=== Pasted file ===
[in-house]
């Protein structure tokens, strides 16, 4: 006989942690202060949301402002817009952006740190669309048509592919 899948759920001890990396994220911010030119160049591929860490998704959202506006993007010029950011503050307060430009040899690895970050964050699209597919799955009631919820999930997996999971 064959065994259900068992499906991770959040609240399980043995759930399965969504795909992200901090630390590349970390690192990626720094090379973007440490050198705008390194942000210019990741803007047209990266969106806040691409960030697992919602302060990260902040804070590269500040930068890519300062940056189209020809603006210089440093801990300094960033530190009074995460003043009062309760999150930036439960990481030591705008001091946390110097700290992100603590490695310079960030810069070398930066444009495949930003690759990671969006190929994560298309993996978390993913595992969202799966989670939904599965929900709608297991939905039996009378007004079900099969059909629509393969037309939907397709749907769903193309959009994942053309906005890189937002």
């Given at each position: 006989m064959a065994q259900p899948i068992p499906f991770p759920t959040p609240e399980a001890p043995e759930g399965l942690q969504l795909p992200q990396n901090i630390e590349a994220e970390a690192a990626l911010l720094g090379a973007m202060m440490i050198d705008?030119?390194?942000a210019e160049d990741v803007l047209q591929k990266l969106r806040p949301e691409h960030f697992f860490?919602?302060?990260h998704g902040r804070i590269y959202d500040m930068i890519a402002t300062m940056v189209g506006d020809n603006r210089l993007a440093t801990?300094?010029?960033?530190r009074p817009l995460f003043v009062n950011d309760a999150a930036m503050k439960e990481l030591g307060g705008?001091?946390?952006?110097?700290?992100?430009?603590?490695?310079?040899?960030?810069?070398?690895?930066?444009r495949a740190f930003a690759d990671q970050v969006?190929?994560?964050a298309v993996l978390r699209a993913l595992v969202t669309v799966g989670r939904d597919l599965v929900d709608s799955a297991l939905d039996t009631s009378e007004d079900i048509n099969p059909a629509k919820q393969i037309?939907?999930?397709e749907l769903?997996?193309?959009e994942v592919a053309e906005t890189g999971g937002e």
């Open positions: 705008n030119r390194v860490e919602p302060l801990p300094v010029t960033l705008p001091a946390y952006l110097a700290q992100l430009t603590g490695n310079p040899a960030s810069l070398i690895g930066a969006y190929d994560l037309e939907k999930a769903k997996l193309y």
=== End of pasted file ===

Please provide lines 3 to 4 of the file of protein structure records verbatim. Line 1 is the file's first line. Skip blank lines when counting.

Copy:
């Given at each position: 006989m064959a065994q259900p899948i068992p499906f991770p759920t959040p609240e399980a001890p043995e759930g399965l942690q969504l795909p992200q990396n901090i630390e590349a994220e970390a690192a990626l911010l720094g090379a973007m202060m440490i050198d705008?030119?390194?942000a210019e160049d990741v803007l047209q591929k990266l969106r806040p949301e691409h960030f697992f860490?919602?302060?990260h998704g902040r804070i590269y959202d500040m930068i890519a402002t300062m940056v189209g506006d020809n603006r210089l993007a440093t801990?300094?010029?960033?530190r009074p817009l995460f003043v009062n950011d309760a999150a930036m503050k439960e990481l030591g307060g705008?001091?946390?952006?110097?700290?992100?430009?603590?490695?310079?040899?960030?810069?070398?690895?930066?444009r495949a740190f930003a690759d990671q970050v969006?190929?994560?964050a298309v993996l978390r699209a993913l595992v969202t669309v799966g989670r939904d597919l599965v929900d709608s799955a297991l939905d039996t009631s009378e007004d079900i048509n099969p059909a629509k919820q393969i037309?939907?999930?397709e749907l769903?997996?193309?959009e994942v592919a053309e906005t890189g999971g937002e």
């Open positions: 705008n030119r390194v860490e919602p302060l801990p300094v010029t960033l705008p001091a946390y952006l110097a700290q992100l430009t603590g490695n310079p040899a960030s810069l070398i690895g930066a969006y190929d994560l037309e939907k999930a769903k997996l193309y």